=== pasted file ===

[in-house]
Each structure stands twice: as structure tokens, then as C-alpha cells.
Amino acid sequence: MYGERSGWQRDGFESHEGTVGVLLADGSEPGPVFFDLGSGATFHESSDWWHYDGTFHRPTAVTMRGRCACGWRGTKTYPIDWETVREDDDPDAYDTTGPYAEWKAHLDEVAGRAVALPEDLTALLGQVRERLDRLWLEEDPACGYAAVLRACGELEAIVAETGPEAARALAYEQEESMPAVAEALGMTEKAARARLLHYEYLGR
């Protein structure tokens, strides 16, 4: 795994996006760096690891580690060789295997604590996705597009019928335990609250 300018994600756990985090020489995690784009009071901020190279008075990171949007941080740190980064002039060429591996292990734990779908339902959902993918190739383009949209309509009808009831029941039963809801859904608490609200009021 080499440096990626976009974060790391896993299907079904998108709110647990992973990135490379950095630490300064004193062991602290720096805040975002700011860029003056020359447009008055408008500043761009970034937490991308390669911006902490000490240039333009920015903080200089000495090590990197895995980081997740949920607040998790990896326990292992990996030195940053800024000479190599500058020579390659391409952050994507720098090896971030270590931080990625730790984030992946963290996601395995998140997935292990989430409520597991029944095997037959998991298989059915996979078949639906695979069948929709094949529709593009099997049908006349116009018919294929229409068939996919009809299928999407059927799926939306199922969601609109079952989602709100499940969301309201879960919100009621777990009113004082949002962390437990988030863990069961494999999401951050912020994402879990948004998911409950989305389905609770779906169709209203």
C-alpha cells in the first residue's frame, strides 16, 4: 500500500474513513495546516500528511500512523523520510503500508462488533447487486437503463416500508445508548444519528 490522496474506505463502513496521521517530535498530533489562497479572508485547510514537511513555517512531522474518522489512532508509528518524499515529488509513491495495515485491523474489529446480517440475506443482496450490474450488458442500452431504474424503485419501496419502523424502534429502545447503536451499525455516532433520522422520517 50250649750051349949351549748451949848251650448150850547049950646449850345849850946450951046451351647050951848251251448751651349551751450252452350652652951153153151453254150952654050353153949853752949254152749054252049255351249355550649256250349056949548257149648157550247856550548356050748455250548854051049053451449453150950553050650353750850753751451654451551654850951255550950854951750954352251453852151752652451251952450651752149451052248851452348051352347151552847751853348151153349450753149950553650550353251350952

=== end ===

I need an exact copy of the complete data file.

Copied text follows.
[in-house]
Each structure stands twice: as structure tokens, then as C-alpha cells.
Amino acid sequence: MYGERSGWQRDGFESHEGTVGVLLADGSEPGPVFFDLGSGATFHESSDWWHYDGTFHRPTAVTMRGRCACGWRGTKTYPIDWETVREDDDPDAYDTTGPYAEWKAHLDEVAGRAVALPEDLTALLGQVRERLDRLWLEEDPACGYAAVLRACGELEAIVAETGPEAARALAYEQEESMPAVAEALGMTEKAARARLLHYEYLGR
């Protein structure tokens, strides 16, 4: 795994996006760096690891580690060789295997604590996705597009019928335990609250 300018994600756990985090020489995690784009009071901020190279008075990171949007941080740190980064002039060429591996292990734990779908339902959902993918190739383009949209309509009808009831029941039963809801859904608490609200009021 080499440096990626976009974060790391896993299907079904998108709110647990992973990135490379950095630490300064004193062991602290720096805040975002700011860029003056020359447009008055408008500043761009970034937490991308390669911006902490000490240039333009920015903080200089000495090590990197895995980081997740949920607040998790990896326990292992990996030195940053800024000479190599500058020579390659391409952050994507720098090896971030270590931080990625730790984030992946963290996601395995998140997935292990989430409520597991029944095997037959998991298989059915996979078949639906695979069948929709094949529709593009099997049908006349116009018919294929229409068939996919009809299928999407059927799926939306199922969601609109079952989602709100499940969301309201879960919100009621777990009113004082949002962390437990988030863990069961494999999401951050912020994402879990948004998911409950989305389905609770779906169709209203």
C-alpha cells in the first residue's frame, strides 16, 4: 500500500474513513495546516500528511500512523523520510503500508462488533447487486437503463416500508445508548444519528 490522496474506505463502513496521521517530535498530533489562497479572508485547510514537511513555517512531522474518522489512532508509528518524499515529488509513491495495515485491523474489529446480517440475506443482496450490474450488458442500452431504474424503485419501496419502523424502534429502545447503536451499525455516532433520522422520517 50250649750051349949351549748451949848251650448150850547049950646449850345849850946450951046451351647050951848251251448751651349551751450252452350652652951153153151453254150952654050353153949853752949254152749054252049255351249355550649256250349056949548257149648157550247856550548356050748455250548854051049053451449453150950553050650353750850753751451654451551654850951255550950854951750954352251453852151752652451251952450651752149451052248851452348051352347151552847751853348151153349450753149950553650550353251350952